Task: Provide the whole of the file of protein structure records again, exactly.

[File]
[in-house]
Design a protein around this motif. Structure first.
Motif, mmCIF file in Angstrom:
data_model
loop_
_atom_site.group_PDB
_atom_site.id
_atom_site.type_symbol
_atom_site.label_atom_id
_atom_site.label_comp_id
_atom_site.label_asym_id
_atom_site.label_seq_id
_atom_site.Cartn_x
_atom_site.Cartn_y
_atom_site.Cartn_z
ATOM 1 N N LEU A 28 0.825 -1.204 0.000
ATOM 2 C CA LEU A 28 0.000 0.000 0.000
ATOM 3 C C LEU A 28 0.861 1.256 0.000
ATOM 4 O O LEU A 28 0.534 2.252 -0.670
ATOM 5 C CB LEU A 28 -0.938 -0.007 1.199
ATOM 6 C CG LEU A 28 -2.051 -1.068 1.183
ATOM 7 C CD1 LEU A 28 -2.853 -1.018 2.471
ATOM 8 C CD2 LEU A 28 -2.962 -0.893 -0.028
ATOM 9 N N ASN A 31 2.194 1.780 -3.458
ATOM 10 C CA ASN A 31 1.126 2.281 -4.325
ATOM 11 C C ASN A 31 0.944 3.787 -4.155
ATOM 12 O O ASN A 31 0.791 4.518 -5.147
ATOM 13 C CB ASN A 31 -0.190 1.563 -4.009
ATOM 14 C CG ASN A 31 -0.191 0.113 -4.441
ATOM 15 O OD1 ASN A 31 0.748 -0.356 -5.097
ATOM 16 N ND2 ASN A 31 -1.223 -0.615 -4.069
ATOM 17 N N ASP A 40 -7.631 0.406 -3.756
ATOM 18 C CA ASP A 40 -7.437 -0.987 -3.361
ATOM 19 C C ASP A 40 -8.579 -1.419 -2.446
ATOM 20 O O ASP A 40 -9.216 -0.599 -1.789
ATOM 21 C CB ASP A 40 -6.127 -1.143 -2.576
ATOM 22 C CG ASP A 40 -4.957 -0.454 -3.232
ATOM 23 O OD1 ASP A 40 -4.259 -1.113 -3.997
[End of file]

[in-house]
Design a protein around this motif. Structure first.
Motif, mmCIF file in Angstrom:
data_model
loop_
_atom_site.group_PDB
_atom_site.id
_atom_site.type_symbol
_atom_site.label_atom_id
_atom_site.label_comp_id
_atom_site.label_asym_id
_atom_site.label_seq_id
_atom_site.Cartn_x
_atom_site.Cartn_y
_atom_site.Cartn_z
ATOM 1 N N LEU A 28 0.825 -1.204 0.000
ATOM 2 C CA LEU A 28 0.000 0.000 0.000
ATOM 3 C C LEU A 28 0.861 1.256 0.000
ATOM 4 O O LEU A 28 0.534 2.252 -0.670
ATOM 5 C CB LEU A 28 -0.938 -0.007 1.199
ATOM 6 C CG LEU A 28 -2.051 -1.068 1.183
ATOM 7 C CD1 LEU A 28 -2.853 -1.018 2.471
ATOM 8 C CD2 LEU A 28 -2.962 -0.893 -0.028
ATOM 9 N N ASN A 31 2.194 1.780 -3.458
ATOM 10 C CA ASN A 31 1.126 2.281 -4.325
ATOM 11 C C ASN A 31 0.944 3.787 -4.155
ATOM 12 O O ASN A 31 0.791 4.518 -5.147
ATOM 13 C CB ASN A 31 -0.190 1.563 -4.009
ATOM 14 C CG ASN A 31 -0.191 0.113 -4.441
ATOM 15 O OD1 ASN A 31 0.748 -0.356 -5.097
ATOM 16 N ND2 ASN A 31 -1.223 -0.615 -4.069
ATOM 17 N N ASP A 40 -7.631 0.406 -3.756
ATOM 18 C CA ASP A 40 -7.437 -0.987 -3.361
ATOM 19 C C ASP A 40 -8.579 -1.419 -2.446
ATOM 20 O O ASP A 40 -9.216 -0.599 -1.789
ATOM 21 C CB ASP A 40 -6.127 -1.143 -2.576
ATOM 22 C CG ASP A 40 -4.957 -0.454 -3.232
ATOM 23 O OD1 ASP A 40 -4.259 -1.113 -3.997